Kavich Neang’s feature debut follows a young dancer who’s about to lose the only home he’s ever known
Dir: Kavich Neang. Cambodia/France/China. 2021. 90 mins.
For his debut feature Cambodian director Kavich Neang returns to deeply familiar territory; Phnom Penh’s sprawling White Building apartment complex, which was home to a thriving community of artists — including Neang’s own family — before its demolition in 2017. Neang previously explored the impact of this destruction in his 2019 documentary Last Night I Saw You Smiling, and now composes a fictional narrative around the same event, centring on an ambitious young dancer faced with the prospect of losing the only home he has ever known. While the film is contemplative, intimate and visually arresting, its deliberately slow pace lessens its dramatic impact.
Douglas Seok’s stunning camerawork leans into this stasis
Having premiered in Venice Horizons (where lead actor Piseth Chhun picked up the Best Actor award), White Building — which is co-produced by China’s Jia Zhangke — now plays in London’s First Feature Competition before heading to Busan and Chicago, and should win the attention of other festivals. The film has been selected as Cambodia’s official Oscar entry and could potentially look forward to exposure on an arthouse screening platform.
White Building is divided into three segments — ‘Blessings’, ‘Spirit House’ and ‘Monsoon’ — and each chapter has its own distinct tone. After the film opens with an impressive aerial shot, in which a whining drone looks down on the messy tangle of lives in the extensive titular complex, we are introduced to 20-year-old Nang (Chhun), engaged in a prayer ritual in which he asks to be protected from traffic accidents and win a dance competition.
Both of those are reasonable requests. Nang tears round the streets of Phnom Penh perched on a rickety motorbike with his two best friends, Tol (Sovann Tho) and Ah Kha (Chinnaro Soem), trying to persuade restaurant owners to let them perform their elaborate hip-hop dance routines for the diners. The trio is genuinely talented, but the pocket change they receive in return is only enough to pay for a few cans of beer. (Not that they seem to mind.) This first third is upbeat, following the trio as they practice their dancing, play football in the dust and attempt to chat up girls, often bathed in the city’s neon glow which seems to promise so much.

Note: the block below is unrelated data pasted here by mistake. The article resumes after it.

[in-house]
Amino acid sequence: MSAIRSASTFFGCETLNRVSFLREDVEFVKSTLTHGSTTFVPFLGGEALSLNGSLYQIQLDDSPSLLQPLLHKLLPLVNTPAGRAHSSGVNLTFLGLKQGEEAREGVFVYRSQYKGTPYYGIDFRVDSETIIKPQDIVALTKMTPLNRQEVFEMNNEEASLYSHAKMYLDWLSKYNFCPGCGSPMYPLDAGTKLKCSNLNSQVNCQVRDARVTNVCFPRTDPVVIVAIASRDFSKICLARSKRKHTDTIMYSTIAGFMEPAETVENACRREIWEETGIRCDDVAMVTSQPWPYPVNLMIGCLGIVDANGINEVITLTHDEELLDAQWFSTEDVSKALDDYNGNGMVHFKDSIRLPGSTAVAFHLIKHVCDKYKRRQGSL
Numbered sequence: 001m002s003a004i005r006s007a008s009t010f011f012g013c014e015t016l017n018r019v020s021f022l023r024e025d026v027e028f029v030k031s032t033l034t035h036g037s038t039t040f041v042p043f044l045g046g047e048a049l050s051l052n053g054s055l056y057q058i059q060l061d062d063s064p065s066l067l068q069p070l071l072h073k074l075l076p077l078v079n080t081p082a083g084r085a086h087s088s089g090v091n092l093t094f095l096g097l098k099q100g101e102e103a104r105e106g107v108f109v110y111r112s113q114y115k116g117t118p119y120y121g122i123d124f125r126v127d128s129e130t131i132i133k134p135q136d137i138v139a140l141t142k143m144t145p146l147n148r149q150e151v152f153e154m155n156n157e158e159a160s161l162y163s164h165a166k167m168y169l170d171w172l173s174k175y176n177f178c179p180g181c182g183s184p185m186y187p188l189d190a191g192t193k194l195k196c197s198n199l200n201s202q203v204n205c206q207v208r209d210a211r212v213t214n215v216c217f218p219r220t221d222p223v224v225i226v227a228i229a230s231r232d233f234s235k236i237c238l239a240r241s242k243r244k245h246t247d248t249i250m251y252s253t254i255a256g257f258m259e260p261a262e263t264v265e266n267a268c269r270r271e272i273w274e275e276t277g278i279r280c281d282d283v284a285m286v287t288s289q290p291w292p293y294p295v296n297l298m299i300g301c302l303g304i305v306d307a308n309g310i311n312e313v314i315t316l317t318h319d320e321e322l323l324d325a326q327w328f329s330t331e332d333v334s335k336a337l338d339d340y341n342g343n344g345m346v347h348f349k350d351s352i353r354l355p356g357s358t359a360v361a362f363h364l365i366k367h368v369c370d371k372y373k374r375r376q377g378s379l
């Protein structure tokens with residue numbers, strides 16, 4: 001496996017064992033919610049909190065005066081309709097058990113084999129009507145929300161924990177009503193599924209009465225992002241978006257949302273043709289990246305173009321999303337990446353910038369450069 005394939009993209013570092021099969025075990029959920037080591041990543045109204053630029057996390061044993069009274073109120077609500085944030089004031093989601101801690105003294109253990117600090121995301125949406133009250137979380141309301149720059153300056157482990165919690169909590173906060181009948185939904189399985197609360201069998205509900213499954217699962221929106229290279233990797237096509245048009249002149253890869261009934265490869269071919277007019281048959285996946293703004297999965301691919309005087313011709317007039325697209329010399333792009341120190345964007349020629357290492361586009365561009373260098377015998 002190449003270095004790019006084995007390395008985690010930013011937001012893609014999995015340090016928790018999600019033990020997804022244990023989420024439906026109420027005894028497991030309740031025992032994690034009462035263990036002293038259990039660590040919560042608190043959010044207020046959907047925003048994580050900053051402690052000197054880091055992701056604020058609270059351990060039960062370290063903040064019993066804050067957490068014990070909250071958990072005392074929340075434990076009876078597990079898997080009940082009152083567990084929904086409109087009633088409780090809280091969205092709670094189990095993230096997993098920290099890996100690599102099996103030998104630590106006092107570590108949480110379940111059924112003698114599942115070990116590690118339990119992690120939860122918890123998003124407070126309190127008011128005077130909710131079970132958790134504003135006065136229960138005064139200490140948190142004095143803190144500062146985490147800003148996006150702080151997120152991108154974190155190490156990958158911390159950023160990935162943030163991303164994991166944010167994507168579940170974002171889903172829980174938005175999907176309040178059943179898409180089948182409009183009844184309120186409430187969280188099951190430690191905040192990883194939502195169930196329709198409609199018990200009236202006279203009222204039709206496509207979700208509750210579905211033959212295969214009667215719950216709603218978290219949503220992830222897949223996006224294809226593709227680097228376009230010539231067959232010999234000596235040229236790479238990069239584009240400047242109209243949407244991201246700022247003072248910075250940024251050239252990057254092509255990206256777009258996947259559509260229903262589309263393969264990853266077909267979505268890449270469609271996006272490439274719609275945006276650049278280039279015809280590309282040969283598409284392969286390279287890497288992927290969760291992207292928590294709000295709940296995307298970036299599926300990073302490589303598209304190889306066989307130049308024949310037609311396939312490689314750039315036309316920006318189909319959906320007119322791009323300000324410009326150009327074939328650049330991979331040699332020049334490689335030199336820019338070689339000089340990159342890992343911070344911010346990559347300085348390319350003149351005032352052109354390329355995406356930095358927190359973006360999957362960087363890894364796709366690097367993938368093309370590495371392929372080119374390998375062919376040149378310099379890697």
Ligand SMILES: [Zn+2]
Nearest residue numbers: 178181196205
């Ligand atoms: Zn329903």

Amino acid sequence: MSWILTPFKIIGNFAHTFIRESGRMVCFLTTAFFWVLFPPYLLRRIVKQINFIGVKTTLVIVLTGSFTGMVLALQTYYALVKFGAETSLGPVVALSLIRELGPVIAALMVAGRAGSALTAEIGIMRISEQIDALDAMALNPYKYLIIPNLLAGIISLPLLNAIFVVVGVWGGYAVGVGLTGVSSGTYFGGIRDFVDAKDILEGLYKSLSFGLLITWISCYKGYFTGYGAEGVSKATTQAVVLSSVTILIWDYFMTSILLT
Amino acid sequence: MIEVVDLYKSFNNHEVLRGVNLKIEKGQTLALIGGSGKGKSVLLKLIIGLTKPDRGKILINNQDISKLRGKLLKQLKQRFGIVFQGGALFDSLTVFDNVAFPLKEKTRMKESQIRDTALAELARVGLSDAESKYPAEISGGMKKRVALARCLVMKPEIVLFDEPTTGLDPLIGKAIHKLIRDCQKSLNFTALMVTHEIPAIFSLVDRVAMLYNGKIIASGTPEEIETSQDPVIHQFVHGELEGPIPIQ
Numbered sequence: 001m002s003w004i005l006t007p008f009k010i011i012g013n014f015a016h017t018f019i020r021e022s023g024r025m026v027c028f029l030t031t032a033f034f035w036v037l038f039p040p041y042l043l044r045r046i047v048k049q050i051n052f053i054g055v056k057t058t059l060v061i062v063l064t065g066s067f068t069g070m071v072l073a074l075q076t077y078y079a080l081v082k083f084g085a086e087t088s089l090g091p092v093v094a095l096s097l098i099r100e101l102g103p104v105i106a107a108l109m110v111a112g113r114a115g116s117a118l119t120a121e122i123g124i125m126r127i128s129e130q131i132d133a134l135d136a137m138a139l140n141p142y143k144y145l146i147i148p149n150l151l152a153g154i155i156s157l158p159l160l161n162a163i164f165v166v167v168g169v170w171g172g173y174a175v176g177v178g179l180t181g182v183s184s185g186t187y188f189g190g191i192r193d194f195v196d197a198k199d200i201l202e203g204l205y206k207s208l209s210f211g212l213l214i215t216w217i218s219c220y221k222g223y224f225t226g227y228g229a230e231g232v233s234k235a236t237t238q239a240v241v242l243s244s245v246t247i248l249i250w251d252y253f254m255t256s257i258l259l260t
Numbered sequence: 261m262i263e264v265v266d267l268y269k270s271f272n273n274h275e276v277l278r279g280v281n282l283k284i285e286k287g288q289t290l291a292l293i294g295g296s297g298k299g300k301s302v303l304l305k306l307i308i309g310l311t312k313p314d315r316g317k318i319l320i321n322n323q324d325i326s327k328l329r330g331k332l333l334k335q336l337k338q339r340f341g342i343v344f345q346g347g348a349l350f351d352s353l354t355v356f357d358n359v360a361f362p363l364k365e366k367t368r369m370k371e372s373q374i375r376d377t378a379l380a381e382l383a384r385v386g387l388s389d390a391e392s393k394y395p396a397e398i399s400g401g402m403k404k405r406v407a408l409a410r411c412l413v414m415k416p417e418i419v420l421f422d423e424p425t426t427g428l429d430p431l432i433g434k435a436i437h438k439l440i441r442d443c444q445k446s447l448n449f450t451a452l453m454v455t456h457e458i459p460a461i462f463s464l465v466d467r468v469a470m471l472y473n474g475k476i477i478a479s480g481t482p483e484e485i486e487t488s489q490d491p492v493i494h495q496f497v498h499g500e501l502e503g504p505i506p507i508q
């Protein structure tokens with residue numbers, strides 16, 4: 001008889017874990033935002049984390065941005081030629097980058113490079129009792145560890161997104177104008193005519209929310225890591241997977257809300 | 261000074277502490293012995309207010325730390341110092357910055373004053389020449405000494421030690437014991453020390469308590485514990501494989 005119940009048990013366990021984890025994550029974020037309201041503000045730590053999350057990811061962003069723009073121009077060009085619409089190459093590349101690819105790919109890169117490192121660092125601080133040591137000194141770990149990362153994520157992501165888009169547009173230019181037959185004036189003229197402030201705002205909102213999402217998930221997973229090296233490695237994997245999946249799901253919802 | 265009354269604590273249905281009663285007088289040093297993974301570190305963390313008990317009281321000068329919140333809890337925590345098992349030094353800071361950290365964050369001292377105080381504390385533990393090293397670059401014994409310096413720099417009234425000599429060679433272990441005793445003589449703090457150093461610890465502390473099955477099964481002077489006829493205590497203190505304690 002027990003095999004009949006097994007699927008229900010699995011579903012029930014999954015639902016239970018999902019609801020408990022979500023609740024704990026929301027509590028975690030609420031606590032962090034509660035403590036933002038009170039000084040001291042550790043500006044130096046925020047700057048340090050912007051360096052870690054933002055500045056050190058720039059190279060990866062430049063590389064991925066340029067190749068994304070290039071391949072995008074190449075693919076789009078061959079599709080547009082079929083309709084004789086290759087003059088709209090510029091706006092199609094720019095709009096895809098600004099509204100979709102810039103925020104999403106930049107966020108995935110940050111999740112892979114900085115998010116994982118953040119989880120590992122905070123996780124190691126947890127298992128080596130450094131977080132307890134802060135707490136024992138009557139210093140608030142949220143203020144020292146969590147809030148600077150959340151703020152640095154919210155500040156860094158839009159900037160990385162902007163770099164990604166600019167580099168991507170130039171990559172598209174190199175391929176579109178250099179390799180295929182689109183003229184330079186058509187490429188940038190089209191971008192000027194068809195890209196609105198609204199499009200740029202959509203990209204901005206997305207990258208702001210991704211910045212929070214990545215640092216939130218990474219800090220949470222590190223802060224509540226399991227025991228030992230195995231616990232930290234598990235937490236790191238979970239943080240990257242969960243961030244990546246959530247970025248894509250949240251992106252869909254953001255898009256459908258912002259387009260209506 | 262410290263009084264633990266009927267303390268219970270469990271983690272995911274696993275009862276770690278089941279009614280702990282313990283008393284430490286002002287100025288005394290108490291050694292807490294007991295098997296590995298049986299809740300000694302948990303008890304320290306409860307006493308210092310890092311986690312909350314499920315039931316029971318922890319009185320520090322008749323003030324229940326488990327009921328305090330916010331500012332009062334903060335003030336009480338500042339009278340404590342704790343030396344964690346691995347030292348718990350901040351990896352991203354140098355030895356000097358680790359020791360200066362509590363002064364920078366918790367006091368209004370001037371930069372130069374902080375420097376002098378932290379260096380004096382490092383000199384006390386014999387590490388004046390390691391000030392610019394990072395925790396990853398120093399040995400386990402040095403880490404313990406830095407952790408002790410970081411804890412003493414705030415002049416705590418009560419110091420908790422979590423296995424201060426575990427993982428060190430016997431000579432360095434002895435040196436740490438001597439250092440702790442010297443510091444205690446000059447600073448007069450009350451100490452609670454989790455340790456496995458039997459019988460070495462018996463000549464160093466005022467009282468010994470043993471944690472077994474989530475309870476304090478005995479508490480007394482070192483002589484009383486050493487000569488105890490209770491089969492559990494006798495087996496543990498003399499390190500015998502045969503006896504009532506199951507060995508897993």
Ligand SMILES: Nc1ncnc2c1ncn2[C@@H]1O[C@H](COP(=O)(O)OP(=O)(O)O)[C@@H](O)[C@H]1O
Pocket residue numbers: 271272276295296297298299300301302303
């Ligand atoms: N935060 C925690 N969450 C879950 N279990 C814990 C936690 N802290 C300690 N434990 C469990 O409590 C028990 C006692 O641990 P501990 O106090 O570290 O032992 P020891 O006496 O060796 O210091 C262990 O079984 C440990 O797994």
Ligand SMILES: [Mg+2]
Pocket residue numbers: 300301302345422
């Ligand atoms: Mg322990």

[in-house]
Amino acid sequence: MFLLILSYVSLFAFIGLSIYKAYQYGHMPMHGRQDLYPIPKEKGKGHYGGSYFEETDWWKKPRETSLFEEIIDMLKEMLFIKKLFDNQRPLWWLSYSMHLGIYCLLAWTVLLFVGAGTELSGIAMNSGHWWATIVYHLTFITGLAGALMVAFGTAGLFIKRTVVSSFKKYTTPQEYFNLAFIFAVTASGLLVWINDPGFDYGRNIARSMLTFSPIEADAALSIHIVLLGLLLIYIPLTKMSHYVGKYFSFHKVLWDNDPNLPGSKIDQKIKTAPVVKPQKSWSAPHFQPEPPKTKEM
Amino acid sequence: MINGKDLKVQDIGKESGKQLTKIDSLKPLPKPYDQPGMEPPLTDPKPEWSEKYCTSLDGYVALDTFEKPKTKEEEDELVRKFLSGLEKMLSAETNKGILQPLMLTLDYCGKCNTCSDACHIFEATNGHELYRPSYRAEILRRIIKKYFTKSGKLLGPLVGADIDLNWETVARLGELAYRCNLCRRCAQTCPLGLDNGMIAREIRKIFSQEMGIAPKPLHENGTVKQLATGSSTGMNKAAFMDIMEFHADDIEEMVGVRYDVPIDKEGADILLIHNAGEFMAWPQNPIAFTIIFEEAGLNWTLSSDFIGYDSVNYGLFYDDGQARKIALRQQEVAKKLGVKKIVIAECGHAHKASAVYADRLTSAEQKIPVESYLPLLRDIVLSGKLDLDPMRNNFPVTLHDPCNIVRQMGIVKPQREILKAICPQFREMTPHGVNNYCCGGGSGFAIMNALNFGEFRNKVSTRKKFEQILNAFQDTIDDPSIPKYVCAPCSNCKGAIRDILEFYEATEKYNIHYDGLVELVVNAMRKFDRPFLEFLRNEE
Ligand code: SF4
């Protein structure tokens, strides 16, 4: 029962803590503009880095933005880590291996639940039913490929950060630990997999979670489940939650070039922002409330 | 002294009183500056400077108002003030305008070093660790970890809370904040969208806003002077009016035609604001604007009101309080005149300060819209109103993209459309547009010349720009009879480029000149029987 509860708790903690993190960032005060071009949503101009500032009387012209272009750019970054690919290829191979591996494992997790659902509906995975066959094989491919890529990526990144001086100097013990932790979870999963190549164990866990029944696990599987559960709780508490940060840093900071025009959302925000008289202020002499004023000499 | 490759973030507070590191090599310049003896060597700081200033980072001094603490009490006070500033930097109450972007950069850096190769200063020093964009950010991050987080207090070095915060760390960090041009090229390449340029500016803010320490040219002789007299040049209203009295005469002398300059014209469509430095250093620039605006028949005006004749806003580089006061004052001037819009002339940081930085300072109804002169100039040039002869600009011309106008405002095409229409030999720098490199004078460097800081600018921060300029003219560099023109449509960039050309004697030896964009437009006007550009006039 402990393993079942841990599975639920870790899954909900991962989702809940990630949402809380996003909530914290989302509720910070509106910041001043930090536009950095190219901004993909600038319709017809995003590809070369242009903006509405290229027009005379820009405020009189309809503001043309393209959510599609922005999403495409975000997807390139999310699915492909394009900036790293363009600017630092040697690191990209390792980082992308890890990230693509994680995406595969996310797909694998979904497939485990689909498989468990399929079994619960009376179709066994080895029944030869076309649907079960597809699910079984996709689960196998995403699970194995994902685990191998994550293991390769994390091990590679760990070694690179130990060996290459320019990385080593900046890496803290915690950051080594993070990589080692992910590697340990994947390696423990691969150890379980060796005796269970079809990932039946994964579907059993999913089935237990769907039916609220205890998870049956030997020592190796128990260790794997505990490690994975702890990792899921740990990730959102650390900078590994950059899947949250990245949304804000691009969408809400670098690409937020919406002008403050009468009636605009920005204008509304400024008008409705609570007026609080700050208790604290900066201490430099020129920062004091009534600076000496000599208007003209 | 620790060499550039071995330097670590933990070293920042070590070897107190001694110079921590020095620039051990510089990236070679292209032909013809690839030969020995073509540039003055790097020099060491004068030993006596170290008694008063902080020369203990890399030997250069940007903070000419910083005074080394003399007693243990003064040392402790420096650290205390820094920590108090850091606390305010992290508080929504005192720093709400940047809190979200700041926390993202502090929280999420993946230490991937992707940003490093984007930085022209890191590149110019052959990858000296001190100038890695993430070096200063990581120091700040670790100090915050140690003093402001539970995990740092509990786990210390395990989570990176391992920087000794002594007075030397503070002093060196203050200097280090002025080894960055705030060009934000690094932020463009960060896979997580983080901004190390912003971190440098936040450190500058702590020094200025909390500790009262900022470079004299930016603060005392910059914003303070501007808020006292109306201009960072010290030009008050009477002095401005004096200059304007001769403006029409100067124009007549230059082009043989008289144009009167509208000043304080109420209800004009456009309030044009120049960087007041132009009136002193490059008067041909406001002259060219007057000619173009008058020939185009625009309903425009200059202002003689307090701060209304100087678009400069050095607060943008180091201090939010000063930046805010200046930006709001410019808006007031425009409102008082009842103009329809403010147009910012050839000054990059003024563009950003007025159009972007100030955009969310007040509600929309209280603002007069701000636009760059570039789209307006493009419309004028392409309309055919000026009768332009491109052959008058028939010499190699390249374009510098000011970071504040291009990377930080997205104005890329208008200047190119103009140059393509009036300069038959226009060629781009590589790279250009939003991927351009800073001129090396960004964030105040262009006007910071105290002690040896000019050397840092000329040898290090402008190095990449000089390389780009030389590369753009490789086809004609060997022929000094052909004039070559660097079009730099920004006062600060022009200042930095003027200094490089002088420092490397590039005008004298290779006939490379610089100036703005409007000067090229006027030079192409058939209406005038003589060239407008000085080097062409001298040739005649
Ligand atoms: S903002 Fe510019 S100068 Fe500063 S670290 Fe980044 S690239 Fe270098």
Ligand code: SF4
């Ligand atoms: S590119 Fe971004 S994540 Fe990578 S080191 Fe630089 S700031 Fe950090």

A Japanese company has its eye on their home, the White Building, for development, but initially the boys find it easy to ignore the writing on the wall — literally, as posters of moving firms spring up and numbers painted on the concrete indicate how much the developers will pay for each square metre. But a sense of unease begins to permeate, and when Tol announces that his family is moving to live with relatives in France, the tone becomes far more melancholic.
At this point, Neang takes his focus away from the bright lights of the city and keeps it squarely within the claustrophobic confines of the White Building. Indeed, while snippets of documentary-style footage seen on TV screens touch lightly on Cambodia’s troubled past, Neang doesn’t provide much in the way of cultural context beyond the fate of this specific building and its residents. His approach is less about offering a political soapbox or dramatic punch, and more about evoking the devastating effects of urban development and population displacement on well-established communities.
And so we watch as Nang’s father (Hout Sithorn), the residential chairman, oversees fractious meetings about negotiating a better offer from the developers. Residents argue about whether to move or stay and fight for their homes, even as the building decays around them. The water supply is cut off, walls crumble and patches of black mold spread ominously on the ceiling. In a rather on-the-nose but well-handled parallel, Nang’s diabetic father ignores an infection on his toe, which turns black. To Nang’s desperate frustration, his deeply spiritual parents eschew the doctor’s recommendation that the toe be amputated, and instead choose to treat it the traditional way — with prayer and honey.
Although they may be on opposite sides of the generational divide, both Nang and his father seem to be in suspended animation, unable to take action as the inevitable approaches. Douglas Seok’s stunning camerawork leans into this stasis, silhouetting Nang against the night sky while in the distance tower blocks gleam and cranes are constantly in motion. His dreams shift from winning dance competitions to eerie images of his father, dressed in a fine suit and roaming the hallways. Later, a series of composed shots of residents asleep, watching television, speaks to their inertia, frozen in the face of looming catastrophe.
Production companies: Anti-Archive, Apsara Films, Xstream Pictures
International sales: Les Films du Losange, firstname.lastname@example.org
Producers: Davy Chou, Marine Arrighi de Casanova, Jia Zhangke
Screenplay: Kavich Neang, Daniel Mattes
Cinematography: Douglas Seok
Editing: Felix Rehm
Music: Jean-Charles Bastion
Main cast: Hout Sithorn, Piseth Chhun, Sovann Tho, Chinnaro Soem